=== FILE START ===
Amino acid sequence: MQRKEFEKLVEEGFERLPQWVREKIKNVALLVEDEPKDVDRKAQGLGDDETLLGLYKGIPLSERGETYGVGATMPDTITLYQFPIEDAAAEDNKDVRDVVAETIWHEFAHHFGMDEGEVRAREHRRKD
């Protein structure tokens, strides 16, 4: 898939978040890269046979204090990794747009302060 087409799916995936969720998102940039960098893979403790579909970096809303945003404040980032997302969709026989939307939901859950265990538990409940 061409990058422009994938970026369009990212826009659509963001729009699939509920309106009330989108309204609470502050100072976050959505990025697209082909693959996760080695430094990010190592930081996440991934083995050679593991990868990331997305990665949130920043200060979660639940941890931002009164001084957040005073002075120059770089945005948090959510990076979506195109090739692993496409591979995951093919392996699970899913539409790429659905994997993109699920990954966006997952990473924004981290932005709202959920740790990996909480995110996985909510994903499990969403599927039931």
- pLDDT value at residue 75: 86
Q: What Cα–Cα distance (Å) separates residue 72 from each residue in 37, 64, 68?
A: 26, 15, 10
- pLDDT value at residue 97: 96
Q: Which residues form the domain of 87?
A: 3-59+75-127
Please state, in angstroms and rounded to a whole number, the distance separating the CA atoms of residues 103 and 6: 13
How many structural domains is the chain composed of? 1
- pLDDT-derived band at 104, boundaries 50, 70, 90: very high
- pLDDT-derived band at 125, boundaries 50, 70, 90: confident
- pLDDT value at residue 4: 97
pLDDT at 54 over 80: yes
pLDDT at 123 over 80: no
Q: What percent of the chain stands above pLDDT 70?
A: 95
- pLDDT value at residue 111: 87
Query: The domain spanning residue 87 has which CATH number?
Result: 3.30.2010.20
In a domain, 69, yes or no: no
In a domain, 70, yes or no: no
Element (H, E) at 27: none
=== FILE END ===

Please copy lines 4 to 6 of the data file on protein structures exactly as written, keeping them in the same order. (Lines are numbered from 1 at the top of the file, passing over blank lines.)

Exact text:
Q: What Cα–Cα distance (Å) separates residue 72 from each residue in 37, 64, 68?
A: 26, 15, 10
- pLDDT value at residue 97: 96